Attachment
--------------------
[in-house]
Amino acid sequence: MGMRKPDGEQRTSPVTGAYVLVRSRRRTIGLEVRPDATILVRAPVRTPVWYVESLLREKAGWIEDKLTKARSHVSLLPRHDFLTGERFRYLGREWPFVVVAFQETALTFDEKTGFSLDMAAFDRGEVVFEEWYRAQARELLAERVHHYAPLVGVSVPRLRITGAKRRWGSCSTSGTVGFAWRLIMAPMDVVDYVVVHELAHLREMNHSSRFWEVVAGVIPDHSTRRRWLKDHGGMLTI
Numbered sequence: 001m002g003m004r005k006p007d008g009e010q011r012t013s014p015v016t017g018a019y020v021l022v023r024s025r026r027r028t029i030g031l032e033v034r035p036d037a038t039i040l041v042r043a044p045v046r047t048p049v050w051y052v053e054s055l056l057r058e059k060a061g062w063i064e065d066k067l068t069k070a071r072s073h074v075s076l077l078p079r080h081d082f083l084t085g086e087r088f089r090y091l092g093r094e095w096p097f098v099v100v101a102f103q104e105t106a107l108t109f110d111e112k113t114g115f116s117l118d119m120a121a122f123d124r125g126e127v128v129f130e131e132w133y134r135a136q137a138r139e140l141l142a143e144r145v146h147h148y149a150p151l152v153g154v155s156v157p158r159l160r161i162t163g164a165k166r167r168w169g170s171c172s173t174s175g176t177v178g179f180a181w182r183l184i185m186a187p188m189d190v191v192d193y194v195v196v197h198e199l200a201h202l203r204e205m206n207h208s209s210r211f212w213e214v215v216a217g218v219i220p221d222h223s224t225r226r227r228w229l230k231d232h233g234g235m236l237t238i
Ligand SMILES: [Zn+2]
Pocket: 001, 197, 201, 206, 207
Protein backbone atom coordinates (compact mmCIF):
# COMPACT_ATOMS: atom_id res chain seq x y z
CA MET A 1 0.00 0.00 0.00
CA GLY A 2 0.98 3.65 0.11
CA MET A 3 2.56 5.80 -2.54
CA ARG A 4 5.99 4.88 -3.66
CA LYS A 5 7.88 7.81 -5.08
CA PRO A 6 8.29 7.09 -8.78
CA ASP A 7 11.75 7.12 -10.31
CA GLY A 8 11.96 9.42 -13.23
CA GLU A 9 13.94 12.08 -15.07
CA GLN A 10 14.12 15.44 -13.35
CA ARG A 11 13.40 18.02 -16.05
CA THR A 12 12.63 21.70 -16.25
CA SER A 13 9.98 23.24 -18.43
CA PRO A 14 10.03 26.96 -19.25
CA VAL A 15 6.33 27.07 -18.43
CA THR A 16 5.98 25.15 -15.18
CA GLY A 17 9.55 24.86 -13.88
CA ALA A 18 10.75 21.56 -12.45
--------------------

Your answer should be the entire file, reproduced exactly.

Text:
[in-house]
Amino acid sequence: MGMRKPDGEQRTSPVTGAYVLVRSRRRTIGLEVRPDATILVRAPVRTPVWYVESLLREKAGWIEDKLTKARSHVSLLPRHDFLTGERFRYLGREWPFVVVAFQETALTFDEKTGFSLDMAAFDRGEVVFEEWYRAQARELLAERVHHYAPLVGVSVPRLRITGAKRRWGSCSTSGTVGFAWRLIMAPMDVVDYVVVHELAHLREMNHSSRFWEVVAGVIPDHSTRRRWLKDHGGMLTI
Numbered sequence: 001m002g003m004r005k006p007d008g009e010q011r012t013s014p015v016t017g018a019y020v021l022v023r024s025r026r027r028t029i030g031l032e033v034r035p036d037a038t039i040l041v042r043a044p045v046r047t048p049v050w051y052v053e054s055l056l057r058e059k060a061g062w063i064e065d066k067l068t069k070a071r072s073h074v075s076l077l078p079r080h081d082f083l084t085g086e087r088f089r090y091l092g093r094e095w096p097f098v099v100v101a102f103q104e105t106a107l108t109f110d111e112k113t114g115f116s117l118d119m120a121a122f123d124r125g126e127v128v129f130e131e132w133y134r135a136q137a138r139e140l141l142a143e144r145v146h147h148y149a150p151l152v153g154v155s156v157p158r159l160r161i162t163g164a165k166r167r168w169g170s171c172s173t174s175g176t177v178g179f180a181w182r183l184i185m186a187p188m189d190v191v192d193y194v195v196v197h198e199l200a201h202l203r204e205m206n207h208s209s210r211f212w213e214v215v216a217g218v219i220p221d222h223s224t225r226r227r228w229l230k231d232h233g234g235m236l237t238i
Ligand SMILES: [Zn+2]
Pocket: 001, 197, 201, 206, 207
Protein backbone atom coordinates (compact mmCIF):
# COMPACT_ATOMS: atom_id res chain seq x y z
CA MET A 1 0.00 0.00 0.00
CA GLY A 2 0.98 3.65 0.11
CA MET A 3 2.56 5.80 -2.54
CA ARG A 4 5.99 4.88 -3.66
CA LYS A 5 7.88 7.81 -5.08
CA PRO A 6 8.29 7.09 -8.78
CA ASP A 7 11.75 7.12 -10.31
CA GLY A 8 11.96 9.42 -13.23
CA GLU A 9 13.94 12.08 -15.07
CA GLN A 10 14.12 15.44 -13.35
CA ARG A 11 13.40 18.02 -16.05
CA THR A 12 12.63 21.70 -16.25
CA SER A 13 9.98 23.24 -18.43
CA PRO A 14 10.03 26.96 -19.25
CA VAL A 15 6.33 27.07 -18.43
CA THR A 16 5.98 25.15 -15.18
CA GLY A 17 9.55 24.86 -13.88
CA ALA A 18 10.75 21.56 -12.45